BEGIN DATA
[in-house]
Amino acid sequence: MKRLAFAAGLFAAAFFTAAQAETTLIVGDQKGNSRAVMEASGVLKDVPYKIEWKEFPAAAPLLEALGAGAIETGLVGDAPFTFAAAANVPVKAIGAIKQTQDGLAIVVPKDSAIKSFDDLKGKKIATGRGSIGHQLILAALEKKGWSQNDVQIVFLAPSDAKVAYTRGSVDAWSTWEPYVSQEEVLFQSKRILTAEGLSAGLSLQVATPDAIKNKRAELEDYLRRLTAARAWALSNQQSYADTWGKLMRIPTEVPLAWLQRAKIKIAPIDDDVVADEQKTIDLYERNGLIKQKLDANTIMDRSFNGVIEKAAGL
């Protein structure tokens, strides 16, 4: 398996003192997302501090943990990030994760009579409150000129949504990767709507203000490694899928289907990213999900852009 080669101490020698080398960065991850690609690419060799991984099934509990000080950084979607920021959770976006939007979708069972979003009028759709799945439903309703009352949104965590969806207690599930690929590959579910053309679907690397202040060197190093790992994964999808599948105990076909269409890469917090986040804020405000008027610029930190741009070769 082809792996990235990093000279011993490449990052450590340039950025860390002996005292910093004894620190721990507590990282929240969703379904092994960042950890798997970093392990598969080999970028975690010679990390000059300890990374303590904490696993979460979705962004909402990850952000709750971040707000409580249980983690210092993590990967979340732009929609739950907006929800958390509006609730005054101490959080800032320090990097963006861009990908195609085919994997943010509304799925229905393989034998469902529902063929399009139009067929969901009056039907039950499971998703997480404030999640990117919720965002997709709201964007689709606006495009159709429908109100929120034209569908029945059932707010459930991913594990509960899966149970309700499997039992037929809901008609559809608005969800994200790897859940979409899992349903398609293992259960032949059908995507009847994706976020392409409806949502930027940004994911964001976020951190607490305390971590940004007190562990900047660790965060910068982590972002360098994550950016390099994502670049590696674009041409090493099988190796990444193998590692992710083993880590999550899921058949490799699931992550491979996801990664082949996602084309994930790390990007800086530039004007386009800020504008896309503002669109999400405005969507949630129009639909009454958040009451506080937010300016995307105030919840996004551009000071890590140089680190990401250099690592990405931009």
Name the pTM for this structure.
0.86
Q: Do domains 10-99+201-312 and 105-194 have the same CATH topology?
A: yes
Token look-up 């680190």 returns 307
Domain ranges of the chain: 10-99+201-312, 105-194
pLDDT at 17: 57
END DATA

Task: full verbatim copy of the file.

[in-house]
Amino acid sequence: MKRLAFAAGLFAAAFFTAAQAETTLIVGDQKGNSRAVMEASGVLKDVPYKIEWKEFPAAAPLLEALGAGAIETGLVGDAPFTFAAAANVPVKAIGAIKQTQDGLAIVVPKDSAIKSFDDLKGKKIATGRGSIGHQLILAALEKKGWSQNDVQIVFLAPSDAKVAYTRGSVDAWSTWEPYVSQEEVLFQSKRILTAEGLSAGLSLQVATPDAIKNKRAELEDYLRRLTAARAWALSNQQSYADTWGKLMRIPTEVPLAWLQRAKIKIAPIDDDVVADEQKTIDLYERNGLIKQKLDANTIMDRSFNGVIEKAAGL
């Protein structure tokens, strides 16, 4: 398996003192997302501090943990990030994760009579409150000129949504990767709507203000490694899928289907990213999900852009 080669101490020698080398960065991850690609690419060799991984099934509990000080950084979607920021959770976006939007979708069972979003009028759709799945439903309703009352949104965590969806207690599930690929590959579910053309679907690397202040060197190093790992994964999808599948105990076909269409890469917090986040804020405000008027610029930190741009070769 082809792996990235990093000279011993490449990052450590340039950025860390002996005292910093004894620190721990507590990282929240969703379904092994960042950890798997970093392990598969080999970028975690010679990390000059300890990374303590904490696993979460979705962004909402990850952000709750971040707000409580249980983690210092993590990967979340732009929609739950907006929800958390509006609730005054101490959080800032320090990097963006861009990908195609085919994997943010509304799925229905393989034998469902529902063929399009139009067929969901009056039907039950499971998703997480404030999640990117919720965002997709709201964007689709606006495009159709429908109100929120034209569908029945059932707010459930991913594990509960899966149970309700499997039992037929809901008609559809608005969800994200790897859940979409899992349903398609293992259960032949059908995507009847994706976020392409409806949502930027940004994911964001976020951190607490305390971590940004007190562990900047660790965060910068982590972002360098994550950016390099994502670049590696674009041409090493099988190796990444193998590692992710083993880590999550899921058949490799699931992550491979996801990664082949996602084309994930790390990007800086530039004007386009800020504008896309503002669109999400405005969507949630129009639909009454958040009451506080937010300016995307105030919840996004551009000071890590140089680190990401250099690592990405931009």
Name the pTM for this structure.
0.86
Q: Do domains 10-99+201-312 and 105-194 have the same CATH topology?
A: yes
Token look-up 């680190």 returns 307
Domain ranges of the chain: 10-99+201-312, 105-194
pLDDT at 17: 57